MEMS the Word

I like my Nintendo Wii, although I occasionally wake up the next day feeling sore (and old). Nintendo was brilliant to use the Wii to change the paradigm of gaming by making the motion-sensitive controller. In a similar way, Apple was brilliant to make the iPhone responsive to the orientation of the screen (plus it looked good in the ads.)


This shift in design and capability has been great for consumers, but it’s also opened up opportunities for investment in the semiconductor sector. Both the iPhone and the Wii remote contain tiny machines located on a chip called an accelerometer, which is a type of MEMS device. MEMS, or microelectromechanical systems, are a class of chips that combine today’s digital information with the analog world with which our devices come in contact.

They’ve been around for a while — measuring everything from the air pressure in tires to the moisture in clothes dryers — but each new innovation leads to the possibility of selling millions of chips into popular consumer devices. They may also be the future of medicine; MEMS cameras are already used in laparoscopic surgery and drug delivery. And recently funded companies like Nanochip may even one day use MEMS to offer better (and cheaper) memory.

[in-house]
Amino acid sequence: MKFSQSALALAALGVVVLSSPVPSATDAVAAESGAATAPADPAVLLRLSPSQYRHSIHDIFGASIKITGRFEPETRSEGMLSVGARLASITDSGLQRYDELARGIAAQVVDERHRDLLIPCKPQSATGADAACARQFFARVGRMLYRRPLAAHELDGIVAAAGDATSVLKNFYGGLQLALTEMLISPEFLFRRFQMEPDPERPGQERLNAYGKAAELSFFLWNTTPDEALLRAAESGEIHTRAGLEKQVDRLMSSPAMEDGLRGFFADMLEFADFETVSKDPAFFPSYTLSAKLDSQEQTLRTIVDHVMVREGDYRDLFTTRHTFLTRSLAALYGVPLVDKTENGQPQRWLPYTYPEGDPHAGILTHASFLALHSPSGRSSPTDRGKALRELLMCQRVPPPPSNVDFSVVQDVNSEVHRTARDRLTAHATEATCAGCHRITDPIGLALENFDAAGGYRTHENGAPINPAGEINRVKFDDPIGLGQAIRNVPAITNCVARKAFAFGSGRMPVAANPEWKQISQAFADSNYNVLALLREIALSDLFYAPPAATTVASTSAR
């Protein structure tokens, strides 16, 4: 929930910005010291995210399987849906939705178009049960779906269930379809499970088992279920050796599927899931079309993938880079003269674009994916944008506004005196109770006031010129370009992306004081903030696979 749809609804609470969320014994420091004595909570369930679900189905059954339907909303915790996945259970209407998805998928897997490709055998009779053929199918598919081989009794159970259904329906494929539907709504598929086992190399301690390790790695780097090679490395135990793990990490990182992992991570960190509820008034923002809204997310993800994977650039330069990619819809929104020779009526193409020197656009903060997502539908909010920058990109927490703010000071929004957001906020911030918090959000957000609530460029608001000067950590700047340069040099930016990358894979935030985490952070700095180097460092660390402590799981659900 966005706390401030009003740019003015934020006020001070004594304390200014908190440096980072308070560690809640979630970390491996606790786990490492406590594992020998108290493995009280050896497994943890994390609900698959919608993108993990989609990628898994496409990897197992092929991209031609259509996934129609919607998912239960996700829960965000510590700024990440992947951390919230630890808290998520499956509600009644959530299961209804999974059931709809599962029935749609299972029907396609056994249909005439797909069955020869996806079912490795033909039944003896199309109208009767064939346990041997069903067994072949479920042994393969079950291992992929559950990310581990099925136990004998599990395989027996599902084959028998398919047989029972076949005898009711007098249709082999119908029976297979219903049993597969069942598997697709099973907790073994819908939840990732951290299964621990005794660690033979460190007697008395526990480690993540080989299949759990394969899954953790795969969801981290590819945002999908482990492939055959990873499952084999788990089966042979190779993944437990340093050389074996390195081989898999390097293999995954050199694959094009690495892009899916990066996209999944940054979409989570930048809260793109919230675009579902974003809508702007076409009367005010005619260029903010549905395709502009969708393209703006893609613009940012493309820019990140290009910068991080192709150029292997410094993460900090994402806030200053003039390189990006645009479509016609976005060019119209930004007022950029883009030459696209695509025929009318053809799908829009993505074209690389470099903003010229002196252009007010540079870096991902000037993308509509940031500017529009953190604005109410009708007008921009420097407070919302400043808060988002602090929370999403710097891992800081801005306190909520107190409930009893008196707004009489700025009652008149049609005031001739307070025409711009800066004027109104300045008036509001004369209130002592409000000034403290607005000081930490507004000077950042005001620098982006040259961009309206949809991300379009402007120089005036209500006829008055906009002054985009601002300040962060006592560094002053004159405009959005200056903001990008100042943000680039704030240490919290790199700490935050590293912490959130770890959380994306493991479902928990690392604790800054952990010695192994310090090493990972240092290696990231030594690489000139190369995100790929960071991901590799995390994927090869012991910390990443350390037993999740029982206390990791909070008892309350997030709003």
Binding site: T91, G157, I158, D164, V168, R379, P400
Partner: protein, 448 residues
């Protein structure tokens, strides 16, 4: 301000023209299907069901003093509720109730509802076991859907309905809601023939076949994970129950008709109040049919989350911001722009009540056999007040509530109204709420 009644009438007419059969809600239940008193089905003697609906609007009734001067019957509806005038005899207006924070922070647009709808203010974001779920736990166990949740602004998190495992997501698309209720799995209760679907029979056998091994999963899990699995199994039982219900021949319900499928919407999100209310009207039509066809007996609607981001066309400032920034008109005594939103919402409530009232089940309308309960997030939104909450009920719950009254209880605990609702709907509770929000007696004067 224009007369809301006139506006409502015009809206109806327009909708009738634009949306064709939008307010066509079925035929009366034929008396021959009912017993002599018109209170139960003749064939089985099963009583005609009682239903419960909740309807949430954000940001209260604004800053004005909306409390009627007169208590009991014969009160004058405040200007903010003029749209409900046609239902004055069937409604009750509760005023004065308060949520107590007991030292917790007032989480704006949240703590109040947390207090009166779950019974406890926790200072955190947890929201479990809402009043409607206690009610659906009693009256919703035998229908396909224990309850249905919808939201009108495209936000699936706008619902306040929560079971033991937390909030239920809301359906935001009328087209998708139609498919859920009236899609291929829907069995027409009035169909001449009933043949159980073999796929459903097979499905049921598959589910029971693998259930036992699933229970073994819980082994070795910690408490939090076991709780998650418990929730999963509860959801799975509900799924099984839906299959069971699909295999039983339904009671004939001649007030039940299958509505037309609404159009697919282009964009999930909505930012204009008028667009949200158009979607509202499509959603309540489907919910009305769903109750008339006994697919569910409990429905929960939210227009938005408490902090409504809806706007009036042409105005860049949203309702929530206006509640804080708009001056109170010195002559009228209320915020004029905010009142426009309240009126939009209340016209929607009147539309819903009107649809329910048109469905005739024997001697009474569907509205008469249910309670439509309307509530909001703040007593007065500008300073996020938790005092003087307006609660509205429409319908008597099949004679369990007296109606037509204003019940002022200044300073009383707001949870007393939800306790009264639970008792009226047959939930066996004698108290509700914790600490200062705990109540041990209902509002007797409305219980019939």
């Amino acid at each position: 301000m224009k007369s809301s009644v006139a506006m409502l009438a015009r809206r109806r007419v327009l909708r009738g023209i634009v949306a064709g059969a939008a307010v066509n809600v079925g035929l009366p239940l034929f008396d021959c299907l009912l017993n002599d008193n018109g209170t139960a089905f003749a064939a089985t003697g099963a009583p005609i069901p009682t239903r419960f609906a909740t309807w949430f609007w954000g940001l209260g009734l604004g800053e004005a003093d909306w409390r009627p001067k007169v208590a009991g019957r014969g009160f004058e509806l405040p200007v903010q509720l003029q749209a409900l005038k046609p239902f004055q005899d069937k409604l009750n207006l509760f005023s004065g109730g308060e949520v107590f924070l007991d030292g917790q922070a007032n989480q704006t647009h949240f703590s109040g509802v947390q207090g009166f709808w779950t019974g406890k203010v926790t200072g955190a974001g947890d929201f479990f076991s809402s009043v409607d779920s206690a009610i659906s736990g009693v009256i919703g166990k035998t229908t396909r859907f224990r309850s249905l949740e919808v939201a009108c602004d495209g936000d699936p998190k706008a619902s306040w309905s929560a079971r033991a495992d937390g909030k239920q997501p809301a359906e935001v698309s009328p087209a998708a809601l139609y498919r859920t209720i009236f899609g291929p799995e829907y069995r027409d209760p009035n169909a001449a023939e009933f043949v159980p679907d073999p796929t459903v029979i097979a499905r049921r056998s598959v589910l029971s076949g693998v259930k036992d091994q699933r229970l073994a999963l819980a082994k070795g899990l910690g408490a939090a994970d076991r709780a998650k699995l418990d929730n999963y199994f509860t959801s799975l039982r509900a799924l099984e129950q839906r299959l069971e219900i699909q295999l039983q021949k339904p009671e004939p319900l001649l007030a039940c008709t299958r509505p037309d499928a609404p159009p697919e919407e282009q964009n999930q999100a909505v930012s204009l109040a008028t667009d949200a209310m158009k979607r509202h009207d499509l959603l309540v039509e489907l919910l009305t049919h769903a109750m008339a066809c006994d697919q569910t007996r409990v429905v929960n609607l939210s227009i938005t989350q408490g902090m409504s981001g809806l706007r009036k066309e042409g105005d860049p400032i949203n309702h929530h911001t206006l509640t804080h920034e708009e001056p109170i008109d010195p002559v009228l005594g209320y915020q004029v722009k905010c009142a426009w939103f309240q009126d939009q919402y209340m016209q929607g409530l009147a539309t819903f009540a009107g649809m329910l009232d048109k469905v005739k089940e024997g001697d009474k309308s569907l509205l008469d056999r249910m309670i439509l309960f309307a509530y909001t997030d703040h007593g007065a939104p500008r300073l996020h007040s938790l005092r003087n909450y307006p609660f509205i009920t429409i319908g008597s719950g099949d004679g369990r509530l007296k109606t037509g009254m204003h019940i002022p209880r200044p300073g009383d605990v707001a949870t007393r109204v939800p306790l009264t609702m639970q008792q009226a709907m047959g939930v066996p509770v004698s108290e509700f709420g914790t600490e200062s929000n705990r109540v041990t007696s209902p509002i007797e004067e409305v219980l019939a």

Startups such as Discera, which makes timing components that could replace quartz; Siimpel, which is designing for cell phone/camera components; and Enpirion, which handles power management on a chip, are designing MEMS. The applications are practically endless as technology becomes less about gadgets and more about making life easier. MEMS can be used to make touch-sensitive controls on our appliances and sensors to determine if the lawn needs to be watered. Connect those with an IP network and the vision of a truly connected world becomes a reality.

The value of MEMS sold in 2007 was $7.1 billion; that’s expected to grow to $14 billion by 2012, according to Yole Développement. As semiconductor markets go, it’s not a huge one. There are also plenty of existing players, including Hewlett-Packard, Texas Instruments, Freescale and Analog Devices, which makes the accelerometers used by the Wii remote.

It’s cheaper to produce MEMS, because they are typically built in older fabs. But manufacturing millions of such tiny devices correctly is challenging. They can also be temperamental, reacting to humidity and other sources of wear and tear thanks to their interaction with the real world.

Still, the market is wide open for new applications or innovations in existing chips. For a startup that can come up with something truly unique, they have the opportunity to shape the future in terms of product design, and make their investors a pile of money in the process.